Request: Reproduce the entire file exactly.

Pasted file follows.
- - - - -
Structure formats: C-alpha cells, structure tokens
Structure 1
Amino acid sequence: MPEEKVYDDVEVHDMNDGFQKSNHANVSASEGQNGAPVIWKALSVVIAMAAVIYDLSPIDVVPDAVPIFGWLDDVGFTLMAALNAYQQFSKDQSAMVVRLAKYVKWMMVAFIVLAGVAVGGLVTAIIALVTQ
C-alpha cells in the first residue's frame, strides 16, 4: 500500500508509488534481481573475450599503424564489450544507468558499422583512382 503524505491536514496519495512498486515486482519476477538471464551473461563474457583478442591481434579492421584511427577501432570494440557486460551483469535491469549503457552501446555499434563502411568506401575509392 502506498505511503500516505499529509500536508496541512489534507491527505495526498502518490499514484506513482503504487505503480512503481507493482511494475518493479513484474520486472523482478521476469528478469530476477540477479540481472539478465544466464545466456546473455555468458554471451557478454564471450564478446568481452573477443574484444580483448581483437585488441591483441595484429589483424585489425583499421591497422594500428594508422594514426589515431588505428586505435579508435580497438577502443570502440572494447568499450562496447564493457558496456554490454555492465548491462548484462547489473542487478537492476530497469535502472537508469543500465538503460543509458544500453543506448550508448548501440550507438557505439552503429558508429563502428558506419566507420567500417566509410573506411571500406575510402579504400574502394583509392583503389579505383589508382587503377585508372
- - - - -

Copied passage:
Structure formats: C-alpha cells, structure tokens
Structure 1
Amino acid sequence: MPEEKVYDDVEVHDMNDGFQKSNHANVSASEGQNGAPVIWKALSVVIAMAAVIYDLSPIDVVPDAVPIFGWLDDVGFTLMAALNAYQQFSKDQSAMVVRLAKYVKWMMVAFIVLAGVAVGGLVTAIIALVTQ
C-alpha cells in the first residue's frame, strides 16, 4: 500500500508509488534481481573475450599503424564489450544507468558499422583512382 503524505491536514496519495512498486515486482519476477538471464551473461563474457583478442591481434579492421584511427577501432570494440557486460551483469535491469549503457552501446555499434563502411568506401575509392 502506498505511503500516505499529509500536508496541512489534507491527505495526498502518490499514484506513482503504487505503480512503481507493482511494475518493479513484474520486472523482478521476469528478469530476477540477479540481472539478465544466464545466456546473455555468458554471451557478454564471450564478446568481452573477443574484444580483448581483437585488441591483441595484429589483424585489425583499421591497422594500428594508422594514426589515431588505428586505435579508435580497438577502443570502440572494447568499450562496447564493457558496456554490454555492465548491462548484462547489473542487478537492476530497469535502472537508469543500465538503460543509458544500453543506448550508448548501440550507438557505439552503429558508429563502428558506419566507420567500417566509410573506411571500406575510402579504400574502394583509392583503389579505383589508382587503377585508372